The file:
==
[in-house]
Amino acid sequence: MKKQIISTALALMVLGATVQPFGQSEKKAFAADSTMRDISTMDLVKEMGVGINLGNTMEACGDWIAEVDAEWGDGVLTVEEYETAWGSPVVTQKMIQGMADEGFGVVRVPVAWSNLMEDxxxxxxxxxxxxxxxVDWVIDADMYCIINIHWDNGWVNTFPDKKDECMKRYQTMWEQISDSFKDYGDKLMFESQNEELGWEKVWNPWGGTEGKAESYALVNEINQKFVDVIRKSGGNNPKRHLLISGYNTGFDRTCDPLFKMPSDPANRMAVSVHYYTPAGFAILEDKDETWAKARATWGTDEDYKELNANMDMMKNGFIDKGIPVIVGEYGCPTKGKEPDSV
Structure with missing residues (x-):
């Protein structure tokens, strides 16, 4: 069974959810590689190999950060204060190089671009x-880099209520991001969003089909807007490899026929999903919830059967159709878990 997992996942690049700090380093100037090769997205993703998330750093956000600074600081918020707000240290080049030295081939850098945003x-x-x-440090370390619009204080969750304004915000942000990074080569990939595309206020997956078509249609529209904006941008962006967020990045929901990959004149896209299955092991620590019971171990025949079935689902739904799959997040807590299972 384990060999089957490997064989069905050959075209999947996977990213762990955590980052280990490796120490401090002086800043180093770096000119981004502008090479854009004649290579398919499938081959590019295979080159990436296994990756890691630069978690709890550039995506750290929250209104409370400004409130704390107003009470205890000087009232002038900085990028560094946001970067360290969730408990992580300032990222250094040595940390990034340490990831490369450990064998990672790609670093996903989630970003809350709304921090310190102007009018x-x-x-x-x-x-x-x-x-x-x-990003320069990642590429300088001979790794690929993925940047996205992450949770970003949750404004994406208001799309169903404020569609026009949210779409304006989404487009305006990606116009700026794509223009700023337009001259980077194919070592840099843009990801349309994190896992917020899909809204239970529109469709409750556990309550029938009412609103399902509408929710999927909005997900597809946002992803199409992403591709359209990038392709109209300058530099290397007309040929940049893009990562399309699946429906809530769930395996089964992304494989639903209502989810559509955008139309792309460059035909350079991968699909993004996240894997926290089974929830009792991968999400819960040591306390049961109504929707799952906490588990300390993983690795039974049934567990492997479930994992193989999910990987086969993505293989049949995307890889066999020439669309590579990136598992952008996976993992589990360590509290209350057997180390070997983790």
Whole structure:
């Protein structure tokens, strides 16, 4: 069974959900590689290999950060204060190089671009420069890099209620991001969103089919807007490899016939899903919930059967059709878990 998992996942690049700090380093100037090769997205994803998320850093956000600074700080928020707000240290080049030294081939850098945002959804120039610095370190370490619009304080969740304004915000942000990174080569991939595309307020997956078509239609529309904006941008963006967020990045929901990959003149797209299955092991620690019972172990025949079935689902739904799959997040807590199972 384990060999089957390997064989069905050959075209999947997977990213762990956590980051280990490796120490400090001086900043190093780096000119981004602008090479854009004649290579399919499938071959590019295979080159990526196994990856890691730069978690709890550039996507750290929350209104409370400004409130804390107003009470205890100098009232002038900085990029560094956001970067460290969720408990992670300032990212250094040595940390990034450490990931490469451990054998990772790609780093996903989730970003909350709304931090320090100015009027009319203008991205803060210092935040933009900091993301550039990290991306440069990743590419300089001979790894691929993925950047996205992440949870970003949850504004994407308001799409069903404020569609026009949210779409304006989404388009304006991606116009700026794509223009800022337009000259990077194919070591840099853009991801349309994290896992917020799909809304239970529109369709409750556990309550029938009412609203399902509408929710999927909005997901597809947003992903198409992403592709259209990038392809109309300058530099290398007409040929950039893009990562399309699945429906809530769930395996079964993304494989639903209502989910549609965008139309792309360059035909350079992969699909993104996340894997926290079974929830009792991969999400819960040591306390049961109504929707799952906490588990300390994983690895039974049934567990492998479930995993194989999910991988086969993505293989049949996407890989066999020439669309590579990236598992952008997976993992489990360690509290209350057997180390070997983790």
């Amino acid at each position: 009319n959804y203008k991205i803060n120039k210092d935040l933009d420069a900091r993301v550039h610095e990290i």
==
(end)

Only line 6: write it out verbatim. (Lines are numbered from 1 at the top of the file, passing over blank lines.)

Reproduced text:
């Protein structure tokens, strides 16, 4: 069974959900590689290999950060204060190089671009420069890099209620991001969103089919807007490899016939899903919930059967059709878990 998992996942690049700090380093100037090769997205994803998320850093956000600074700080928020707000240290080049030294081939850098945002959804120039610095370190370490619009304080969740304004915000942000990174080569991939595309307020997956078509239609529309904006941008963006967020990045929901990959003149797209299955092991620690019972172990025949079935689902739904799959997040807590199972 384990060999089957390997064989069905050959075209999947997977990213762990956590980051280990490796120490400090001086900043190093780096000119981004602008090479854009004649290579399919499938071959590019295979080159990526196994990856890691730069978690709890550039996507750290929350209104409370400004409130804390107003009470205890100098009232002038900085990029560094956001970067460290969720408990992670300032990212250094040595940390990034450490990931490469451990054998990772790609780093996903989730970003909350709304931090320090100015009027009319203008991205803060210092935040933009900091993301550039990290991306440069990743590419300089001979790894691929993925950047996205992440949870970003949850504004994407308001799409069903404020569609026009949210779409304006989404388009304006991606116009700026794509223009800022337009000259990077194919070591840099853009991801349309994290896992917020799909809304239970529109369709409750556990309550029938009412609203399902509408929710999927909005997901597809947003992903198409992403592709259209990038392809109309300058530099290398007409040929950039893009990562399309699945429906809530769930395996079964993304494989639903209502989910549609965008139309792309360059035909350079992969699909993104996340894997926290079974929830009792991969999400819960040591306390049961109504929707799952906490588990300390994983690895039974049934567990492998479930995993194989999910991988086969993505293989049949996407890989066999020439669309590579990236598992952008997976993992489990360690509290209350057997180390070997983790």